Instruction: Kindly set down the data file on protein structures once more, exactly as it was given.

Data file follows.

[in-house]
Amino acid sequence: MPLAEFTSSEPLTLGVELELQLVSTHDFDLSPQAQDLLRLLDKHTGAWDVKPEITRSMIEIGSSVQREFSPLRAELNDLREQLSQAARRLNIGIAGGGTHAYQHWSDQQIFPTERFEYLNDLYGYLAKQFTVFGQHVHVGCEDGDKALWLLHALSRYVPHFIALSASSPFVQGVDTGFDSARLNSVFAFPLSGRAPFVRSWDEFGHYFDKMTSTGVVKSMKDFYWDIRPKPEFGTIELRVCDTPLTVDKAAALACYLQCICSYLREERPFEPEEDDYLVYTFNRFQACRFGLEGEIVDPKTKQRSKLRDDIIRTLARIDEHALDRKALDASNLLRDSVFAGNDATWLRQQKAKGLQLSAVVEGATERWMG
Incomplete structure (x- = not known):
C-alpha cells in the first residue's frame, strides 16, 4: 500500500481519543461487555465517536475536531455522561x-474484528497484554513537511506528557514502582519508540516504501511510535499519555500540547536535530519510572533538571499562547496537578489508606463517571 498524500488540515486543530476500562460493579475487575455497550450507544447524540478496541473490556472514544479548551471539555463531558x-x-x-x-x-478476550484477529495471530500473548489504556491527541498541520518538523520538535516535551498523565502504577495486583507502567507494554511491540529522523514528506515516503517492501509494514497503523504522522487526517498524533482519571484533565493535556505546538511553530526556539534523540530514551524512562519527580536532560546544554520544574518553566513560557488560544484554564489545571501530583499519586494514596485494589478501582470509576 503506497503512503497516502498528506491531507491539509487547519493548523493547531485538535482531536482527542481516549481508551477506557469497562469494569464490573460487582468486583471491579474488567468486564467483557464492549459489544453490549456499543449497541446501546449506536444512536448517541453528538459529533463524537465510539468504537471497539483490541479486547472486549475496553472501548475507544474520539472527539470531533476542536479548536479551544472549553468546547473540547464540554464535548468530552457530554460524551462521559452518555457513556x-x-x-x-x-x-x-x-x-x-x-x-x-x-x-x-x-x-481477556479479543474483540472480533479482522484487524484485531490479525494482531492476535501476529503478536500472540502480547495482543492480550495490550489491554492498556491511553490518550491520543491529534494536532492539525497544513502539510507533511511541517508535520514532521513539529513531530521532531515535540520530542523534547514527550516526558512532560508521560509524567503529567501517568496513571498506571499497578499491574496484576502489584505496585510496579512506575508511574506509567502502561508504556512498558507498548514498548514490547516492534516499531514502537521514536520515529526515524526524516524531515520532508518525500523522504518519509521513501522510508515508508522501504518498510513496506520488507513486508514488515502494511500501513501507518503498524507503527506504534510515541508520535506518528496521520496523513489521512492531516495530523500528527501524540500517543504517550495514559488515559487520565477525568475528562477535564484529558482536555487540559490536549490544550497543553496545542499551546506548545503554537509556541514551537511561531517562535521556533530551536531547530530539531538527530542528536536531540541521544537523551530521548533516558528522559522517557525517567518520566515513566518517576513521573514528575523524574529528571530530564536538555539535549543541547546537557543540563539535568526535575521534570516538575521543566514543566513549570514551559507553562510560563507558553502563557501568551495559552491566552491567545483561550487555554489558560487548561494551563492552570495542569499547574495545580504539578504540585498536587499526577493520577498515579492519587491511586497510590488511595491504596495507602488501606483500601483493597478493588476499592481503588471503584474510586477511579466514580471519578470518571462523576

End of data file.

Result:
[in-house]
Amino acid sequence: MPLAEFTSSEPLTLGVELELQLVSTHDFDLSPQAQDLLRLLDKHTGAWDVKPEITRSMIEIGSSVQREFSPLRAELNDLREQLSQAARRLNIGIAGGGTHAYQHWSDQQIFPTERFEYLNDLYGYLAKQFTVFGQHVHVGCEDGDKALWLLHALSRYVPHFIALSASSPFVQGVDTGFDSARLNSVFAFPLSGRAPFVRSWDEFGHYFDKMTSTGVVKSMKDFYWDIRPKPEFGTIELRVCDTPLTVDKAAALACYLQCICSYLREERPFEPEEDDYLVYTFNRFQACRFGLEGEIVDPKTKQRSKLRDDIIRTLARIDEHALDRKALDASNLLRDSVFAGNDATWLRQQKAKGLQLSAVVEGATERWMG
Incomplete structure (x- = not known):
C-alpha cells in the first residue's frame, strides 16, 4: 500500500481519543461487555465517536475536531455522561x-474484528497484554513537511506528557514502582519508540516504501511510535499519555500540547536535530519510572533538571499562547496537578489508606463517571 498524500488540515486543530476500562460493579475487575455497550450507544447524540478496541473490556472514544479548551471539555463531558x-x-x-x-x-478476550484477529495471530500473548489504556491527541498541520518538523520538535516535551498523565502504577495486583507502567507494554511491540529522523514528506515516503517492501509494514497503523504522522487526517498524533482519571484533565493535556505546538511553530526556539534523540530514551524512562519527580536532560546544554520544574518553566513560557488560544484554564489545571501530583499519586494514596485494589478501582470509576 503506497503512503497516502498528506491531507491539509487547519493548523493547531485538535482531536482527542481516549481508551477506557469497562469494569464490573460487582468486583471491579474488567468486564467483557464492549459489544453490549456499543449497541446501546449506536444512536448517541453528538459529533463524537465510539468504537471497539483490541479486547472486549475496553472501548475507544474520539472527539470531533476542536479548536479551544472549553468546547473540547464540554464535548468530552457530554460524551462521559452518555457513556x-x-x-x-x-x-x-x-x-x-x-x-x-x-x-x-x-x-481477556479479543474483540472480533479482522484487524484485531490479525494482531492476535501476529503478536500472540502480547495482543492480550495490550489491554492498556491511553490518550491520543491529534494536532492539525497544513502539510507533511511541517508535520514532521513539529513531530521532531515535540520530542523534547514527550516526558512532560508521560509524567503529567501517568496513571498506571499497578499491574496484576502489584505496585510496579512506575508511574506509567502502561508504556512498558507498548514498548514490547516492534516499531514502537521514536520515529526515524526524516524531515520532508518525500523522504518519509521513501522510508515508508522501504518498510513496506520488507513486508514488515502494511500501513501507518503498524507503527506504534510515541508520535506518528496521520496523513489521512492531516495530523500528527501524540500517543504517550495514559488515559487520565477525568475528562477535564484529558482536555487540559490536549490544550497543553496545542499551546506548545503554537509556541514551537511561531517562535521556533530551536531547530530539531538527530542528536536531540541521544537523551530521548533516558528522559522517557525517567518520566515513566518517576513521573514528575523524574529528571530530564536538555539535549543541547546537557543540563539535568526535575521534570516538575521543566514543566513549570514551559507553562510560563507558553502563557501568551495559552491566552491567545483561550487555554489558560487548561494551563492552570495542569499547574495545580504539578504540585498536587499526577493520577498515579492519587491511586497510590488511595491504596495507602488501606483500601483493597478493588476499592481503588471503584474510586477511579466514580471519578470518571462523576